Calling All Geese

Five experts share their secrets for calling Canadas, cacklers, whitefronts, light geese and brant 
By Wade Bourne

Ornithologists know that the "language" of wild geese includes calls that convey different meanings, such as recognition, excitement, and contentment. To be successful in the field, hunters imitate this language as naturally as possible. Many experts blow combinations of different calls to attract birds into close shooting range, but in most cases a few basic calls are all you need.

Professional callers understand that performing on the contest stage is one thing; luring geese into a decoy spread is another. The pros also know that calling wild geese is species specific. Canada geese, for example, have a language that is different from that of snow geese, and vice versa. It is essential for hunters to focus their calling on a target species. 

Following are tips from some of North America's best goose callers on how to draw these big birds in close. Hunters who apply the advice of these experts on a species-by-species basis will soon be more proficient at calling all geese when these birds head down the flyways. 

Big Canada Geese

Kelley Powers of Union City, Tennessee, is a competition goose caller with many national titles to his credit, including World Goose Calling Champion and Champion of Champions. He is also a veteran hunter who knows how to apply his calling talent on wild geese over fields and marshes. Powers's favorite targets are "big" Canada geese, including giant Canadas (mostly nonmigratory) and interior Canadas (mostly migratory). When hunting these birds, he uses a Tim Grounds Triple Crown Canada goose call.

Powers says goose hunters can call these birds effectively by mastering two calls, the honk and the moan. Hunters can then build variations of sounds and sequences from these basic calls. "The cluck is just a short version of the honk, and the murmur is a variation of the moan. So if you learn these two simple Canada goose calls, you can add more complexity to your routine as your calling skills improve," he says.

According to Powers, many hunters make a common mistake when calling big Canadas. "They call too much, too soon," he says. "They throw the kitchen sink at them right up front. Sometimes this will scare geese. And even if it doesn't scare them, what do you have left if they still don't come? You've already used your trump card."

When a flight of big Canadas is approaching, Powers will keep his calling to a minimum, maybe a couple of long-range honks and a few clucks. "Sometimes this is all I need," he says. 

"They'll see my decoys and come. But if I need to use more persuasion, then I have more to give. I can start blowing louder and faster. I haven't risked anything by starting out with minimal calling, and I've avoided the possibility of overcalling from the start."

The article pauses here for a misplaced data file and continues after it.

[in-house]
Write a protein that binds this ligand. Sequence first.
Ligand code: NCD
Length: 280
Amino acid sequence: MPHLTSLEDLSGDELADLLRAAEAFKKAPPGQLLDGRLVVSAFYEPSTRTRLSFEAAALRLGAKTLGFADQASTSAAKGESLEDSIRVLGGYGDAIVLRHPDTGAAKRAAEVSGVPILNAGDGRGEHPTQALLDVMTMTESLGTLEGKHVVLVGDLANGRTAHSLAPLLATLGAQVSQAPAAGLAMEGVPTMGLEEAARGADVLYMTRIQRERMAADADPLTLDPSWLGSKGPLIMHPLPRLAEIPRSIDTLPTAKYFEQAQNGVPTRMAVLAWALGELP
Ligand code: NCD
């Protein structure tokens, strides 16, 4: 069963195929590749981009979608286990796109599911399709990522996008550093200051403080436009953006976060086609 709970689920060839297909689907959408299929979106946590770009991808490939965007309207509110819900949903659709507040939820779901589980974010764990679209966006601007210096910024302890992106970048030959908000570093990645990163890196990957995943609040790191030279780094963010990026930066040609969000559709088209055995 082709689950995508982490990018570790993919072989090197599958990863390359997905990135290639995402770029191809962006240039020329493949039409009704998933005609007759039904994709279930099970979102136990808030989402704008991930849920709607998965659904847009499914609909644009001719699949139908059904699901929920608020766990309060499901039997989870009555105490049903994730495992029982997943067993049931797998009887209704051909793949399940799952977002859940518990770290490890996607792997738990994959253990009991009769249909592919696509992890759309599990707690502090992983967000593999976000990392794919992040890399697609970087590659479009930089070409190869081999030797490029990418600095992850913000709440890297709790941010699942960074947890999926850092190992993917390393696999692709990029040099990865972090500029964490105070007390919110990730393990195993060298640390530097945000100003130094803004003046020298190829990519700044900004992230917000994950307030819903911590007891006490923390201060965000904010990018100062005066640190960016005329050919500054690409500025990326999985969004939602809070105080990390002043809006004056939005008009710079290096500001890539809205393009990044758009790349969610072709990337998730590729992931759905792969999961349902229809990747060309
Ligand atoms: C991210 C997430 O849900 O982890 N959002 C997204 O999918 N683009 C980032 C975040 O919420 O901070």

Powers tailors his calling style to the time of day and the type of setup he's hunting. "In the morning, when geese fly into a grainfield to feed, they're usually excited and vocal," he explains. "They make a lot of short, choppy notes, especially when they see other geese coming. But when they go back to their loafing spots at midday, they're in a lazy mood, and they don't do a lot of calling.

"So if I'm set up in a feeding situation, I'll call more. But if I'm set up on a mudflat, sandbar, or some other resting location, I'll typically call less to sound more natural in that environment."

Each day is different, and many factors—wind, temperature, hunting pressure, and so on—come into play when considering the best approach for calling big Canadas. Weigh all of these factors but don't overcomplicate things. Use common sense and begin with the basics. 

"Start out sounding like one goose, then add in more erratic little side notes to sound like other birds," Powers says. "And try to avoid getting into a rhythm. Real Canada geese on the ground call unevenly and erratically, and that's how I try to call, to sound as natural as possible."

Small Canada and Cackling Geese

Many waterfowlers mistake lesser Canada geese and cackling geese (once considered Canada geese but reclassified in 2004 as a separate species) for diminutive versions of larger honkers. 

Not Sean Mann. This world champion goose caller and call maker from Trappe, Maryland, knows the difference. He also knows that these smaller, tundra-breeding geese must be called differently than their larger cousins. 

"A lot of times, it's better to work bigger Canada geese with minimal calling," Mann explains. "It's like a back-and-forth conversation, similar to the kids' game Marco Polo. They call, you answer. And hopefully they come."

The technique is different with these smaller geese. "You use a higher-pitched call, and call a lot more—almost constantly," Mann says. "You make a lot of noise and call the whole flock instead of just the flock leader. They're more drawn by the rhythm than to any single call within the rhythm."

In 14 years of guiding hunters in eastern Alberta, Mann has lured tens of thousands of these smaller geese into his decoys. When a flock is approaching and "loving it," he "bounces" continuous clucks, double-clucks, and feeder moans their way using a Wing Mann short-reed call from his own Wing Nutz call collection.  

"Because lesser Canadas and cacklers typically fly and work in larger flocks, they like to hear a ‘flock' on the ground," Mann says. "Just keep giving it to them, and call them all the way to the finish line. Don't back off! If you stop calling, these birds can get real spooky in a hurry."

Mann also advises hunters to experiment with different cadences and sequences to discover which ones the birds respond to best. "They're just like other geese in one respect: on different days, they respond better to different sounds and combinations of sounds. So experiment with different routines and cadences to try to learn what the geese are responding to."

What's Mann's biggest secret for calling geese—or ducks, for that matter? Confidence. "You've got to believe you can call those birds in," he says. "Then you just muster up the determination to do it. True, this is a very indefinable part of calling, but in my opinion it's also the most crucial part. The caller with the most confidence is always the one who gets the most birds to come in."

White-Fronted Geese 

Jason Campbell of Iowa, Louisiana, is a two-time "specklebelly" calling champion. Campbell is also an avid hunter of specks and a member of the RNT and Avery Outdoors pro staffs. 

Whether hunting in local rice fields or competing in contests, he uses an RNT acrylic narrow-bore call with a Mylar reed.